2015 Honda Civic Type R Euro Teaser Details:
- Fourth gen. Honda Civic Type R to make world debut at 2014 Geneva Motor Show
- Single rendering reveals hatchback with rear wing and fender flares
- Platform could be home for announced VTEC turbo motor
- Previous versions could indicate what's to come on the hot hatch
Rejoice Honda faithful, for the red badges that send shivers up and down your spine will adorn a new Honda Civic Type R (CTR) - at least in Europe anyway. The Big H today released details on its 2014 Geneva Motor Show booth lineup, and in addition to the most recent version of the NSX concept and a preview of its livery for works teams in the 2014 World Touring Car Championship, the carmaker will also be displaying a concept model of the next CTR.
Hopefully when the concept makes its world debut on March 4 Honda will be forthcoming with a few more details, because for this tease it stayed pretty mum about what will be in/on the next CTR. From the artist rendering, the car looks to be a three-door hatch with a rear wing and a bit of fender flaring, but that's all we could really see from the single image issued. From earlier developments, we also know Honda could put one of its new VTEC turbo power plants into the next Type-R.
Looking back at the entire arc of CTRs produced might also provide clues about what's ahead for the front engine, FWD platform. Read on to see how each Civic Type R stacks up from the factory, and comment below with what you think the next one will rock under the hood.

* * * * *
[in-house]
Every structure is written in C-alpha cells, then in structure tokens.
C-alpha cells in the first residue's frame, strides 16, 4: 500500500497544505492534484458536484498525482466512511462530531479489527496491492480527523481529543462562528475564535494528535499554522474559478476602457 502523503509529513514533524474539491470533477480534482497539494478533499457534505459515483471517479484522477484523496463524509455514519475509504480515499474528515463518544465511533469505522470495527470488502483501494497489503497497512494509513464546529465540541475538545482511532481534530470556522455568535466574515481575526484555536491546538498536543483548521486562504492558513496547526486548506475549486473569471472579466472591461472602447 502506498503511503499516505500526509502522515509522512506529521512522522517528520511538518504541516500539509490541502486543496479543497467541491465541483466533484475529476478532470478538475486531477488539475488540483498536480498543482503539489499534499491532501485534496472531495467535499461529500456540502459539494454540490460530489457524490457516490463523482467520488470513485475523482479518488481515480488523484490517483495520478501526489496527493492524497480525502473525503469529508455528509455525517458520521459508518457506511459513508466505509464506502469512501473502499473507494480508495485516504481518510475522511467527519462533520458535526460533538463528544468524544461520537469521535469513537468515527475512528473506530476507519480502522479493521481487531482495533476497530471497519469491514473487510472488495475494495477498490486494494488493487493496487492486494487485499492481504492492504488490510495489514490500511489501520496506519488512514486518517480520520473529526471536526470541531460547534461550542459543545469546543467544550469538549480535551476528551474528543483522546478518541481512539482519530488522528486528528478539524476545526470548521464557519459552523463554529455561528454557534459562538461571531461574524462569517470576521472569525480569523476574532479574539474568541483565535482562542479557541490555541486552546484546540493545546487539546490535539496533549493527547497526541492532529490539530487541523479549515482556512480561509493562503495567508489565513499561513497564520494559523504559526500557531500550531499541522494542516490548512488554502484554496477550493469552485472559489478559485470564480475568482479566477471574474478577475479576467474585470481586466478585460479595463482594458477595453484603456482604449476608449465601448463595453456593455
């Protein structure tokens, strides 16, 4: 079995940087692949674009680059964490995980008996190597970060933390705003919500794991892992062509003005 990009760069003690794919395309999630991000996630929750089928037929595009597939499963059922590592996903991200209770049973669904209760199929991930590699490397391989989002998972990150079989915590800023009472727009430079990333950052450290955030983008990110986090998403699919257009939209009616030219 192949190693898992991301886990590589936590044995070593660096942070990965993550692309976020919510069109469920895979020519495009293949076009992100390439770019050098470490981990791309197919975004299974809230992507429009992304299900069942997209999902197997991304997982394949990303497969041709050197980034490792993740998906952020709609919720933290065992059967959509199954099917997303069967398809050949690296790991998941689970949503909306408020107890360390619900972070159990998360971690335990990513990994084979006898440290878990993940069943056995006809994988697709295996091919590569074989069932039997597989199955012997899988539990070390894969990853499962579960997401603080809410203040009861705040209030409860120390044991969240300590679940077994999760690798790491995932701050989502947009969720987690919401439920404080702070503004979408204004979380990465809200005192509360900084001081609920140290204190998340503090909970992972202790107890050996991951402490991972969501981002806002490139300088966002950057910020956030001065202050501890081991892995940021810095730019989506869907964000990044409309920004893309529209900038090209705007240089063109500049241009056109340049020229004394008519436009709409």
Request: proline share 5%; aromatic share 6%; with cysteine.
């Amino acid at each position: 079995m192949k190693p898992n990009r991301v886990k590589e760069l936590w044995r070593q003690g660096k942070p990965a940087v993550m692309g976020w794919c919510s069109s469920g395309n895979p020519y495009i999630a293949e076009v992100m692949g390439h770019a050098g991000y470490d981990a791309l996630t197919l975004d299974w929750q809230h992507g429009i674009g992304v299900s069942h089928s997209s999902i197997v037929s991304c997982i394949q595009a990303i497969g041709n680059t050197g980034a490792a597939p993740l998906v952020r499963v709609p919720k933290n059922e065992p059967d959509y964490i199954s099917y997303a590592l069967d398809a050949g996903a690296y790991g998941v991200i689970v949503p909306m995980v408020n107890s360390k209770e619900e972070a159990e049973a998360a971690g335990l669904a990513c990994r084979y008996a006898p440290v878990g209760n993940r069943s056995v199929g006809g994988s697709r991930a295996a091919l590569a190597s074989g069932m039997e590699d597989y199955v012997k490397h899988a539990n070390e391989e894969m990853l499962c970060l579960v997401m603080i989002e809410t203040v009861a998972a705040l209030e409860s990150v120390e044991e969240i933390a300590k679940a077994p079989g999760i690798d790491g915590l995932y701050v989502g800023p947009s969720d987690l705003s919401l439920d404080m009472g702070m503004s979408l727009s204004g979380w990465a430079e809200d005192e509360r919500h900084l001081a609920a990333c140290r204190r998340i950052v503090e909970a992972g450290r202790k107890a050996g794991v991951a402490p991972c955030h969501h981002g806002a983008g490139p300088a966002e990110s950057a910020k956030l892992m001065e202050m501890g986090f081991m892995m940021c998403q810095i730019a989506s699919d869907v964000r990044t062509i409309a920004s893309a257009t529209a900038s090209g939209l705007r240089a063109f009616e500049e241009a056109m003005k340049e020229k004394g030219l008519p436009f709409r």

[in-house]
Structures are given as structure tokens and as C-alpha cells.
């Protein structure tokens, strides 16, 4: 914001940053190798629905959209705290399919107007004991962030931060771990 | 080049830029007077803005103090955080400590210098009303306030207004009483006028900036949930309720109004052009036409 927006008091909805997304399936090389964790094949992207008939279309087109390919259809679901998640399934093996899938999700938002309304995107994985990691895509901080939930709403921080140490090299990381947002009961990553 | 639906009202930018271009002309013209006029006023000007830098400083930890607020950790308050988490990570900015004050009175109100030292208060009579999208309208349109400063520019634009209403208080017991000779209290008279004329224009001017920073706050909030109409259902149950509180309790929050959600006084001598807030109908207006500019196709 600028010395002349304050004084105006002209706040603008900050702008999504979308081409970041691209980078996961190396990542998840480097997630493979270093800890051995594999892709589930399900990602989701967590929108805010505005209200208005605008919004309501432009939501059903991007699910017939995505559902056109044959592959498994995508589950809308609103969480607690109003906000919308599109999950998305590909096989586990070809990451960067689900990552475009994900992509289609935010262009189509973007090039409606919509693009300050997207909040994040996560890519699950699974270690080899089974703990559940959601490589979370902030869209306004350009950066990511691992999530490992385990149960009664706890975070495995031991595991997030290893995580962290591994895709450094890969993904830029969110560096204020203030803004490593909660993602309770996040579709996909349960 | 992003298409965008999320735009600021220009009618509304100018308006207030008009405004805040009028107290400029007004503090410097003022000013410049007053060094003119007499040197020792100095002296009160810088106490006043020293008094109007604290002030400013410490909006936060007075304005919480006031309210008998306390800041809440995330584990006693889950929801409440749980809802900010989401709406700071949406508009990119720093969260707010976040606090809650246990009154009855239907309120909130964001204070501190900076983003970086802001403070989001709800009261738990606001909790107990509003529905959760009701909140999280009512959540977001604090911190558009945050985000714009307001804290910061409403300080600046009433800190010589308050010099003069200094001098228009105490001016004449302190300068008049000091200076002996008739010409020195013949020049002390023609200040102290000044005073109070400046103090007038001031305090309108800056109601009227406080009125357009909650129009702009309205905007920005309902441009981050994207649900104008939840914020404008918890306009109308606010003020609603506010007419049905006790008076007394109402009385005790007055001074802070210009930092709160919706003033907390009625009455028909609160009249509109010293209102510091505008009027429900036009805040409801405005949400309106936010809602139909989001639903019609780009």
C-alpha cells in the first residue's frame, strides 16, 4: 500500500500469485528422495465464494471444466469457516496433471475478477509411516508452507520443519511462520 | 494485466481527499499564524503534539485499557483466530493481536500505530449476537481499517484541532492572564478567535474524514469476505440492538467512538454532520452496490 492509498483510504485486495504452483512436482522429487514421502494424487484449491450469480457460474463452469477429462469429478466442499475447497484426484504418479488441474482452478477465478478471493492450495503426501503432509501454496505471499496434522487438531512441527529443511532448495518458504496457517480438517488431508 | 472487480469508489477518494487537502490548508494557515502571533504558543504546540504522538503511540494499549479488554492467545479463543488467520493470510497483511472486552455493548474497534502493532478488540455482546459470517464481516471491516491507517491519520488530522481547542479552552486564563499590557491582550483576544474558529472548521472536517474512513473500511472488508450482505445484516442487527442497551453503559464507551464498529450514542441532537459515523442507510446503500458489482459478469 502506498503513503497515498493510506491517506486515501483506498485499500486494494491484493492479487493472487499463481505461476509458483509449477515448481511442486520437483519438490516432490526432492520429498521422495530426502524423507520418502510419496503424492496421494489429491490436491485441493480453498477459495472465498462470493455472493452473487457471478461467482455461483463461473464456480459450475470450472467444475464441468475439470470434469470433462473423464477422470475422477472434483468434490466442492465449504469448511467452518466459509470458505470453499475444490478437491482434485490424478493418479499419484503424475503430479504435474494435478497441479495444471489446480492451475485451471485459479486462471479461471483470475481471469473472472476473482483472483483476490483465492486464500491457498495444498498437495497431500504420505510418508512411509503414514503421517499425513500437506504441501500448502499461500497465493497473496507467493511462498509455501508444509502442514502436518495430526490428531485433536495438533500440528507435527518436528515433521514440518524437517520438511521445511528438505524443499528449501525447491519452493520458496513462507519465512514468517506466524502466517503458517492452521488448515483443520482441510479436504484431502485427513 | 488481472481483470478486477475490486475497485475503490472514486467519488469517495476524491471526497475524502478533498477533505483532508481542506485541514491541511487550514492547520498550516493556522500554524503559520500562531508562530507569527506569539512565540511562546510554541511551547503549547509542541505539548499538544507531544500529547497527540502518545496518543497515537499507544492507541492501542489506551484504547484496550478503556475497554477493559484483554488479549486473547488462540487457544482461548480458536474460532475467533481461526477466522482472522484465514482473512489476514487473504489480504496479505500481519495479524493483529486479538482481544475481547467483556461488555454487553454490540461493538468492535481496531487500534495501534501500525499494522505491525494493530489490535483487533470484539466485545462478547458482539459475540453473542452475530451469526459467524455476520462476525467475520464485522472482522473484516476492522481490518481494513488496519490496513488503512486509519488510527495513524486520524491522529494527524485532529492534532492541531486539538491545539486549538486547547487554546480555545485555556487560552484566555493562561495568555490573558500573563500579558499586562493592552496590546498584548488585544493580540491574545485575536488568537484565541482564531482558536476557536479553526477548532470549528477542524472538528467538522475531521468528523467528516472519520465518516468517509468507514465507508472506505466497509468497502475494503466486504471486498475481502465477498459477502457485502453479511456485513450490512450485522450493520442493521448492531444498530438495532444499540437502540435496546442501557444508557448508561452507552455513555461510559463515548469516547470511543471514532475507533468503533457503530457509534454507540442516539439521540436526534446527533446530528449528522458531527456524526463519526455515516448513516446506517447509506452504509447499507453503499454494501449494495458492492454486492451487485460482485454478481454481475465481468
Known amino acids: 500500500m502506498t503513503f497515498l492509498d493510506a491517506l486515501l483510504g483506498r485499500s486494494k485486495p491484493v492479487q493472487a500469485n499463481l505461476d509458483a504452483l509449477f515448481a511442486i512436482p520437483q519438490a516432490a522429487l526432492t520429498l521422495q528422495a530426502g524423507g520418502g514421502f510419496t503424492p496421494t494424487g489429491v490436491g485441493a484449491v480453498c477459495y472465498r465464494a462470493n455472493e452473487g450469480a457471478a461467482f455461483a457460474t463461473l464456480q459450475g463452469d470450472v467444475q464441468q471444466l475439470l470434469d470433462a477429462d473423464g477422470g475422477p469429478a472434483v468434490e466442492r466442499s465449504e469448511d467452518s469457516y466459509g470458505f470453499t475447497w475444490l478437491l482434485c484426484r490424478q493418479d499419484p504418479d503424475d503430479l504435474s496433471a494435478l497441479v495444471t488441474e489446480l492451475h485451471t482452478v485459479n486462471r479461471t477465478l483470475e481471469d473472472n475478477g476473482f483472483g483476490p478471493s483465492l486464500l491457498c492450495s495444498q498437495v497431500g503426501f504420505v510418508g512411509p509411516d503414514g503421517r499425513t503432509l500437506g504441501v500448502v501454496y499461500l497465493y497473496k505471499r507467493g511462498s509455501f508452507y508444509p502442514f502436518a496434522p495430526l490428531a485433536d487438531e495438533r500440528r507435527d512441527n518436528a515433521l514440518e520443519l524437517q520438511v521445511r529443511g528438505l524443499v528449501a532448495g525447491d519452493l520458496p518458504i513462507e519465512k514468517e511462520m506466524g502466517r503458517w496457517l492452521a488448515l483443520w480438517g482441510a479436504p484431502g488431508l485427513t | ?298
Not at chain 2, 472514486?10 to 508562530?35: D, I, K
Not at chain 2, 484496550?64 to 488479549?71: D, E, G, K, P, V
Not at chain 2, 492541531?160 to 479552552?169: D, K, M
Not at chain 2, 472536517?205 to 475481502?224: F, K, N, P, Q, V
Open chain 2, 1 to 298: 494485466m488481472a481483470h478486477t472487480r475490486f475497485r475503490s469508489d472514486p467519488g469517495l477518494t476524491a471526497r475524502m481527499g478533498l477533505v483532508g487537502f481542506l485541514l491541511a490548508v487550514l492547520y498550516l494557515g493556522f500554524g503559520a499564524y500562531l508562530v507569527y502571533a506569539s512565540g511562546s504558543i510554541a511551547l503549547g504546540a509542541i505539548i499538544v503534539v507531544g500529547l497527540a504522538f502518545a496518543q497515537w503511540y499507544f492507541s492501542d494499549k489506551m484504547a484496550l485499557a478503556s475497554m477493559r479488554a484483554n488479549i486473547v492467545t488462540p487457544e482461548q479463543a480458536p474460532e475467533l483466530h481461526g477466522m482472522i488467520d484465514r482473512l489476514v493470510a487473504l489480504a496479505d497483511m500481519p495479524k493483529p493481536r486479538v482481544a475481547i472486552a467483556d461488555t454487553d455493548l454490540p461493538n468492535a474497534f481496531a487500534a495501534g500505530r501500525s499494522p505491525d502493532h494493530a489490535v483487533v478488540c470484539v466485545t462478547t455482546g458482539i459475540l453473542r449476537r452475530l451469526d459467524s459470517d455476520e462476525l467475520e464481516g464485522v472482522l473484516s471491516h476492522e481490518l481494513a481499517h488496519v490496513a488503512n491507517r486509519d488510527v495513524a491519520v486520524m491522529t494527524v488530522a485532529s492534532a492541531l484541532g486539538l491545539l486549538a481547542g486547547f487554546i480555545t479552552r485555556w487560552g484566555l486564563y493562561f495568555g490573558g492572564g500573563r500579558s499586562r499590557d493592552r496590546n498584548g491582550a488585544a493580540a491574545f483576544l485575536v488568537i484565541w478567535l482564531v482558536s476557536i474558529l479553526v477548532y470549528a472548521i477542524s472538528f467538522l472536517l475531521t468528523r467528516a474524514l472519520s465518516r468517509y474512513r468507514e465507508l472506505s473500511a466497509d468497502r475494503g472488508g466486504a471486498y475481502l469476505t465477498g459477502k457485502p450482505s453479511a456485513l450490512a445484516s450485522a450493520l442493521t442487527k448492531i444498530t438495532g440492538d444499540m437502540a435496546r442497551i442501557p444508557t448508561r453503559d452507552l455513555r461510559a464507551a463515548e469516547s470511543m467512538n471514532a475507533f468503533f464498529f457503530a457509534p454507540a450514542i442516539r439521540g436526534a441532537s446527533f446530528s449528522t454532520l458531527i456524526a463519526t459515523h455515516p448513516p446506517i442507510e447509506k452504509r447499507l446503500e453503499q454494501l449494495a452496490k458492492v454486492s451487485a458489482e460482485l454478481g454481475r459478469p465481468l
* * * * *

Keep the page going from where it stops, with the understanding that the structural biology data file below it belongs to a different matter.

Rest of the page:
There are two iterations of the third generation CTR, the four-door sedan FD2 chassis sold in Asia and the three-door hatch FN2 chassis, which is for the Euro market. Both stick with the tried and true K20 mill and six-speed box, but the sedan wins both the power war, getting 221 ponies to the FN2's 198, and the mass war, weighing in at 2,793 pounds while the hatch comes in at 2,965. For the first time, the JDM Civic Type R was sold as a four-door sports sedan rather than a three-door hot hatch.
The EP3 chassis stayed the course with the hatch but packed on the pounds, some 500, to a curb weight of 2,912. The powertrain was upgraded to the two-liter K20 and a six-speed transmission, with output reaching 212hp on the JDM model. Europeans were saddled with a 197hp version of the K20, the differences including crankshaft balancing, different intake manifold, exhaust manifold, higher-lift camshafts, higher-compression pistons, chrome-moly flywheel and ECU programming on the Japanese EP3 CTR.
Known informally as the EK9 in chassis speak, this CTR came as a three-door hatchback and weighed in at a relatively stealth 2,400 pounds (weight that ballooned as later generations were produced). Like the Integra R, the Civic boasted less sound deadening for weight savings, a hand-ported B16 engine, limited-slip diff and a close-ratio five-speed gearbox. It also flossed a strategically seam welded chassis and one of the highest outputs per liter of displacement, 182 horsepower from 1,600cc.